There’s a statute of limitations governing the filing of a wrongful death, claim too. That time period is just two years from the date of death.

Your attorney will work to determine who was responsible for the accident and help you assess the value of your injuries and losses. You’ll file your lawsuit against the responsible party, and you’ll demand compensation for the total value of your losses.

New York is a “pure comparative fault” state, meaning damages are distributed according to the proportion of fault you share for the accident. If you shared fault for causing the accident, the court will determine what percentage of the fault you share. These assignments of fault can reduce the damages paid to each party. If you are assigned 30 percent responsibility for the accident, the most you can obtain in compensation is 70 percent of your total losses. In other words, if your losses equal $100,000 and the court finds you 30 percent responsible, you will only be able to obtain $70,000 for your damages.

What type of compensation can you get after being injured in an accident that wasn’t all your fault?­ You can receive money for any losses you incurred as a result of the injuries you received in the crash. This could include money for:

  • Medical expenses, past and future
  • Lost wages, past and future
  • Property damage
  • Disability or disfigurement.
  • Pain and suffering
  • Emotional distress, anxiety, depression, etc.
  • Transportation expenses to get to doctors’ appointments, medical procedures, and therapy

It is important to keep track of all your accident-related expenses and always get receipts and records. These records are an important part of calculating damages.

If you are considering filing a lawsuit, here are some steps you could take:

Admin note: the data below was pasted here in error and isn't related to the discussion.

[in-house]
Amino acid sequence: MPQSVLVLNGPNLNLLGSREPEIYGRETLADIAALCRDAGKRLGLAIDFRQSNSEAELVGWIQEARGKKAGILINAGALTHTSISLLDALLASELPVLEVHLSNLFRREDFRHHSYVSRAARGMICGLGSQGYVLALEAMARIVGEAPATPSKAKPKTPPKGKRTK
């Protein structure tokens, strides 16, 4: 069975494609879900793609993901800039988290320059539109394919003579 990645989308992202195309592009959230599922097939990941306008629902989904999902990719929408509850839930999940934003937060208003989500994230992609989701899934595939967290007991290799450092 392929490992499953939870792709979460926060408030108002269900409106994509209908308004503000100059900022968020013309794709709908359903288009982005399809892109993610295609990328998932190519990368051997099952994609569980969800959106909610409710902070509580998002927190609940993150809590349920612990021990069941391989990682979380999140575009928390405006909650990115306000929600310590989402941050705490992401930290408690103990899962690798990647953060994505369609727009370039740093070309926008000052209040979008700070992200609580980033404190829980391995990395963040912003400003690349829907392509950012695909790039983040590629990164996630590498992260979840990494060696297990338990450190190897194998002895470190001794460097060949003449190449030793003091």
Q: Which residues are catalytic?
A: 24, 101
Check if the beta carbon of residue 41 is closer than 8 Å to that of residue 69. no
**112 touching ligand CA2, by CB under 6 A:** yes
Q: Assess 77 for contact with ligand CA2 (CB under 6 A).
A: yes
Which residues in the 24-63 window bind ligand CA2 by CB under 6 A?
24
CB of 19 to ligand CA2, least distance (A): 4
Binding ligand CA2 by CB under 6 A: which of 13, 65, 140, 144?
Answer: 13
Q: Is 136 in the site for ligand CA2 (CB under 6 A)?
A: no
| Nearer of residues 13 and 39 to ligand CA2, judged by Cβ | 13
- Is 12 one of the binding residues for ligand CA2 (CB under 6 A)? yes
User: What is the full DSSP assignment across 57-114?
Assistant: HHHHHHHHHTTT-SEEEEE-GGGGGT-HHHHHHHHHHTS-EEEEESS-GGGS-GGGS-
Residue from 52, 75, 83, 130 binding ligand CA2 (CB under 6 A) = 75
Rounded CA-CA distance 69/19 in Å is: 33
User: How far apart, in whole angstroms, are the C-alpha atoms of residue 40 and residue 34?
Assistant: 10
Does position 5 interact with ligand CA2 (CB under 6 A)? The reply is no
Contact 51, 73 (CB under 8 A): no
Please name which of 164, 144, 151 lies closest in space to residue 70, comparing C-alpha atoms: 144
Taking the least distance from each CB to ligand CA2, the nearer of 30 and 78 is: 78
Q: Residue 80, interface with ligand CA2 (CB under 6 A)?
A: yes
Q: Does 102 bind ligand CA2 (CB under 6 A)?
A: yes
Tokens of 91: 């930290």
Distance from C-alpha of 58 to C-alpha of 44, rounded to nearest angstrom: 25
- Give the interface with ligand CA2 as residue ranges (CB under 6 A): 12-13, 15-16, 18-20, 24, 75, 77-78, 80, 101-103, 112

• First, notify the authorities. Determine whether you’re injured and need an ambulance; advise the 911 operator if you do.
  • Collect as much evidence as possible at the accident scene itself. Everyone has a camera now, so take lots of pictures of all the damage to the vehicles, the road conditions, your injuries, if possible, and anything else relevant to the accident.
  • Get the ID and insurance information of all drivers who were part of the accident. Get phone and email information from all witnesses, and be sure to contact the witnesses to confirm their information.
  • Take notes of any conversations with witnesses, and write down all the details about the accident that you can remember.
  • Hire an experience Long Island car accident attorney to represent you.

Injured in a Car Accident in Long Island? Call Finz & Finz Today

Finz & Finz, P.C.’s has conveniently-located offices in Manhattan and Mineola, Long Island to serve you if you’ve been injured in a car accident. Our attorneys work on a contingency-fee-basis, which means we won’t charge you anything until we win your case. Call us at 855-TOP-FIRM or reach out to us online to schedule a free case evaluation today.